If you think your life is complete confusion, just remember that it’s a grand illusion, and deep inside we’re all the same.”

The band responsible for that mantra – Styx – along with hits like “Come Sail Away,” “Renegade,” “Lady” and “Too Much Time On My Hands” is coming to the Abraham Chavez Theatre on Sunday, Dec. 15 for its first El Paso concert in over 13 years. 

El Paso Inc. spoke to Styx bassist Ricky Phillips about his early days with The Babys, his role within Styx and his relationship with the band’s many different fans.

“I lived in a roach-infested building, but I moved up a couple of floors.” Phillips said with a laugh regarding the life-changing call to join The Babys, the English rock band fronted by John Waite (later of “Missing You” fame) that also included future Journey keyboardist/songwriter Jonathan Cain.

“We toured so much, and it was a blast, but then it just turned a corner. John wasn’t happy anymore. I would jam with Neal Schon and Steve Smith from Journey in clubs after shows, and I would invite Jonathan to come along, so when Gregg Rolie quit Journey, they came after Jonathan pretty hard. And it worked out, because he wrote those amazing songs that Steve Perry sang.”

Phillips later reunited with Waite and Cain briefly in the 80s as a part of the glam-metal supergroup Bad English (“When I See You Smile”) but hasn’t worked with either since.

“We’re all still good friends, we keep in touch – like family, but I don’t see any kind of reunion happening soon, we’re just not those kinds of people. We’ve always got to move forward.”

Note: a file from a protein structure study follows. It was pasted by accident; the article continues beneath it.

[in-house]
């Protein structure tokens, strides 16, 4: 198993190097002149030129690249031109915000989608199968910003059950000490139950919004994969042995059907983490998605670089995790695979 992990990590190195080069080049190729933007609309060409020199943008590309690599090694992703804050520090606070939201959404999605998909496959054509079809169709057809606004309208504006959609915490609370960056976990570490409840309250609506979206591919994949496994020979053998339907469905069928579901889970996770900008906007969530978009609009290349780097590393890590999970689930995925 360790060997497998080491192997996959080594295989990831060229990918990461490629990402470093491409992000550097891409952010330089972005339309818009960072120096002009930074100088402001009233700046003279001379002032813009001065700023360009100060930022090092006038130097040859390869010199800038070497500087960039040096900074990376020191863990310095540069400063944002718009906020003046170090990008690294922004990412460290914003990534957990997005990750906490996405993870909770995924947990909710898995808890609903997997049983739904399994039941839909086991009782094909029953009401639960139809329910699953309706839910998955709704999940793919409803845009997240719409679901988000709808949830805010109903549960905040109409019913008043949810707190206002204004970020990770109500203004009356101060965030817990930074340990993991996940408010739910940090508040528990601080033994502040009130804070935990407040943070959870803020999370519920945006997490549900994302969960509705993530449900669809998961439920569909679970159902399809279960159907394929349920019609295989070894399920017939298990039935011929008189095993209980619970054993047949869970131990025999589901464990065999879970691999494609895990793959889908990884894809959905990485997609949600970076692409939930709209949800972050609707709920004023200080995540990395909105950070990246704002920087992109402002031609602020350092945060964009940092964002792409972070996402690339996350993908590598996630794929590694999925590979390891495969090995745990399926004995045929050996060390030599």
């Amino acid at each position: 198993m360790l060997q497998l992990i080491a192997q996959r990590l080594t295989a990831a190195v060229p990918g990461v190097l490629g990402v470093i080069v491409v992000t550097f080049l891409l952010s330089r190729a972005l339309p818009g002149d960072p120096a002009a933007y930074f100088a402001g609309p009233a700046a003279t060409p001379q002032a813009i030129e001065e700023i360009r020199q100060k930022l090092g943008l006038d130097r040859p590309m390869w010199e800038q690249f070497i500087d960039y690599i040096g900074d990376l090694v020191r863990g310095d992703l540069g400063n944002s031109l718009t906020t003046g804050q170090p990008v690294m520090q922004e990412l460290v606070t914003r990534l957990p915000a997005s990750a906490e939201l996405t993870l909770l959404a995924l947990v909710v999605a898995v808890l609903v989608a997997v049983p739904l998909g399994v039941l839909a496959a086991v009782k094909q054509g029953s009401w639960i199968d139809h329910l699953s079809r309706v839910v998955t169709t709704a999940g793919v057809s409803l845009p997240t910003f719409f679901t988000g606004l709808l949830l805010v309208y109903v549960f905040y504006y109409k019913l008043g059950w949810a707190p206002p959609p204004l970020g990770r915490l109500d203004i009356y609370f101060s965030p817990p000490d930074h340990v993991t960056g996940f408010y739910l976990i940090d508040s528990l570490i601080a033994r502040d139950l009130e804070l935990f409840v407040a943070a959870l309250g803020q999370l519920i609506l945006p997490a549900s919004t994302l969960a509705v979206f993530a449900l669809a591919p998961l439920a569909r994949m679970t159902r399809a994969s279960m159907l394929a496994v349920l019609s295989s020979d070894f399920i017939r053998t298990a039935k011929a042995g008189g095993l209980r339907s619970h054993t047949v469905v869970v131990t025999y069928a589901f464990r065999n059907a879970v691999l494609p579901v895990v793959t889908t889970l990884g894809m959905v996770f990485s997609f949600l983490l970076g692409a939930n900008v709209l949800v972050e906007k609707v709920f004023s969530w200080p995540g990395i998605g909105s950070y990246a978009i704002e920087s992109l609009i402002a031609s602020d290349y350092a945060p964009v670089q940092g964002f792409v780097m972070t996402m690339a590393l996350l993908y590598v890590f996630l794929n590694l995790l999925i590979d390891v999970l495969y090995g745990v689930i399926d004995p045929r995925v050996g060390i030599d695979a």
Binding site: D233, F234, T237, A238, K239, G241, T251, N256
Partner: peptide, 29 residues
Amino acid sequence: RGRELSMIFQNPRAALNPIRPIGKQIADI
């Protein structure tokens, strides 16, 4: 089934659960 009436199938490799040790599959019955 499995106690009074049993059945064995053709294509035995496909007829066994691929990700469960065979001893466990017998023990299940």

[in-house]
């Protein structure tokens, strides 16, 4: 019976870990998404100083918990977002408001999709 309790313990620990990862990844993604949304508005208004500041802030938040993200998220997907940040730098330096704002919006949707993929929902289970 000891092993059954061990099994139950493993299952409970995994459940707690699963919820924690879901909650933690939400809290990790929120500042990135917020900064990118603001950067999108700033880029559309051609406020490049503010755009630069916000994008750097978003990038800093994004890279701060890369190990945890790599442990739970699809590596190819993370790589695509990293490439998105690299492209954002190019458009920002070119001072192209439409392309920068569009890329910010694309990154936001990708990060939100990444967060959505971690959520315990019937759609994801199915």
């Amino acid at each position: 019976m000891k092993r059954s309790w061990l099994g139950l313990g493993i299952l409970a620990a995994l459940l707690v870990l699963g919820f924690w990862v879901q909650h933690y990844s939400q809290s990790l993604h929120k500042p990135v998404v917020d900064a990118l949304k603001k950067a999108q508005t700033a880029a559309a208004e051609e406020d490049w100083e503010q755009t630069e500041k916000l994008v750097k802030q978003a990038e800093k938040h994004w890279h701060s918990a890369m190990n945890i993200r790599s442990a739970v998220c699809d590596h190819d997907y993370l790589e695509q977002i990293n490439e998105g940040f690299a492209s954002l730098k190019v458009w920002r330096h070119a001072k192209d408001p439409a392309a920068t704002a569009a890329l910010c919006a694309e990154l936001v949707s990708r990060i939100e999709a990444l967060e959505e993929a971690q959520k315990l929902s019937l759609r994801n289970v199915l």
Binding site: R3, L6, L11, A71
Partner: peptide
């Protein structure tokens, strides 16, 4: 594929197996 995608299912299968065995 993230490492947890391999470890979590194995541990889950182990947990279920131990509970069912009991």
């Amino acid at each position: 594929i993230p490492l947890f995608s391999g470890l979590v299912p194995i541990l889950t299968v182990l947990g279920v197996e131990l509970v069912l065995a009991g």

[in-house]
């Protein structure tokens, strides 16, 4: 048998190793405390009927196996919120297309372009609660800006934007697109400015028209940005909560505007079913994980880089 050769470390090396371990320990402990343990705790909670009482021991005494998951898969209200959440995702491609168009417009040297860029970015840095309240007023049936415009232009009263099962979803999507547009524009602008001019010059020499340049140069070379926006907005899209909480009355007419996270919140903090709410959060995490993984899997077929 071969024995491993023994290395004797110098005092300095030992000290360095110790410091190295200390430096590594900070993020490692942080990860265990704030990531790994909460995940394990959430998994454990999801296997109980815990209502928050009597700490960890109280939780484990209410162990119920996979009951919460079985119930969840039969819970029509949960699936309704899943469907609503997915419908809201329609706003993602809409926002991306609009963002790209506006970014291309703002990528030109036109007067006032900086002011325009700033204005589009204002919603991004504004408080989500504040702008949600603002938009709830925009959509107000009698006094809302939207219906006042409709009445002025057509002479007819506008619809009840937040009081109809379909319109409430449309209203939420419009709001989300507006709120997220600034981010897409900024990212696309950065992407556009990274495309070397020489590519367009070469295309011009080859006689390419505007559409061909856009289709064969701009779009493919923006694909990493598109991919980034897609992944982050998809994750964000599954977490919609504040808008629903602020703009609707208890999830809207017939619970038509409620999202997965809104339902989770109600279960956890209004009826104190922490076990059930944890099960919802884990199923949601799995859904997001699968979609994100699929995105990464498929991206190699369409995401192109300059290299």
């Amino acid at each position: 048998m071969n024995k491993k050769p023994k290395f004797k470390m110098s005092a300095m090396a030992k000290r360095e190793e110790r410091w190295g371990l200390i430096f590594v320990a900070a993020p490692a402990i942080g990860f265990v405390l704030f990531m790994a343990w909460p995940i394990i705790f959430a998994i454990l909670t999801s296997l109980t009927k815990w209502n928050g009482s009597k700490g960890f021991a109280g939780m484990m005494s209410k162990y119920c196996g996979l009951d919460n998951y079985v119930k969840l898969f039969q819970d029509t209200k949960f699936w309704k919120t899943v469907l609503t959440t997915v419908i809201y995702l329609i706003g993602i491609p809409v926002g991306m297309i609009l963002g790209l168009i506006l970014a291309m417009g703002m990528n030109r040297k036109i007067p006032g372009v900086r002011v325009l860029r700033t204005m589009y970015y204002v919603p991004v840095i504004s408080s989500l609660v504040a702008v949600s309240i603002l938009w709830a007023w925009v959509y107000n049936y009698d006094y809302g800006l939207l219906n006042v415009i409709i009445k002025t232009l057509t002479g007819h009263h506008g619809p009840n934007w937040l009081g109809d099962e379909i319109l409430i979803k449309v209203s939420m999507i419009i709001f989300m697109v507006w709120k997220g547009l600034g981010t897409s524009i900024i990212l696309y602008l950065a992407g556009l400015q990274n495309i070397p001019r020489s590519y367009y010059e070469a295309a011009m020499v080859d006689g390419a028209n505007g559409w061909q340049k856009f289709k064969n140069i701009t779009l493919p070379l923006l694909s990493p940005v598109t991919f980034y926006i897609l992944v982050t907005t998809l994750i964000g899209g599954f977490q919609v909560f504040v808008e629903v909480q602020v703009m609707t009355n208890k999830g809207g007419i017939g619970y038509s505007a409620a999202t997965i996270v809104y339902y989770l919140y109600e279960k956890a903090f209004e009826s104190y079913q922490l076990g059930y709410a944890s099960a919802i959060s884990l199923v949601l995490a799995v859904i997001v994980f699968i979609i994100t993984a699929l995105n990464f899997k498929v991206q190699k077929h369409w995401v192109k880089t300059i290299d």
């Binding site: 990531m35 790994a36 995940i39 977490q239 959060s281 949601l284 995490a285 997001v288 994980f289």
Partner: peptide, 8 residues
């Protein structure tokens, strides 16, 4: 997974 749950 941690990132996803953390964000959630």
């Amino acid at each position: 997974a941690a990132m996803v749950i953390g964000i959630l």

In the time that Phillips has been a member of Styx, the band has only released two records, “The Big Bang Theory,” in 2003 featuring covers of rock standards, and “The Mission,” a 2018 concept album conceived by frontman Tommy Shaw about a manned mission to Mars. 

“When Tommy first told us it was going to be a concept album, we all went, ‘Really? Isn’t that so 1970-something?’ But he saw a path he had to stay on, and it was successful. We’re blown away by the success of this record.” 

Phillips said it’s a group effort when it comes to the decision-making process in a band for which he has yet to write songs.

“Tommy and Will  Evankovich, producer, who – funny enough – is now the guitarist for The Guess Who) would send me some songs and ask, ‘What would you do bass-wise on this?’ I’m very involved in the process of how the songs turn out even though I’m not credited as a writer. It always takes more than one person.”

Phillips said he’s grateful for the hand that life has dealt him.

“When I leave this planet, I’ll think I got away with something, because I get to do what I love to do, and it pays the rent, it pays the mortgage, it pays for my happiness in a certain sense. It brings me peace.” 

Phillips brought up a 21-year-old fan from Albuquerque, Alicia Burns, who has managed to see Styx 41 times in the last 10 years. 

“It’s fun for us to look out into the audience and see that energy, it makes us better. It keeps us pumped up. I don’t think I’ve ever experienced it in any other band I’ve been in.”

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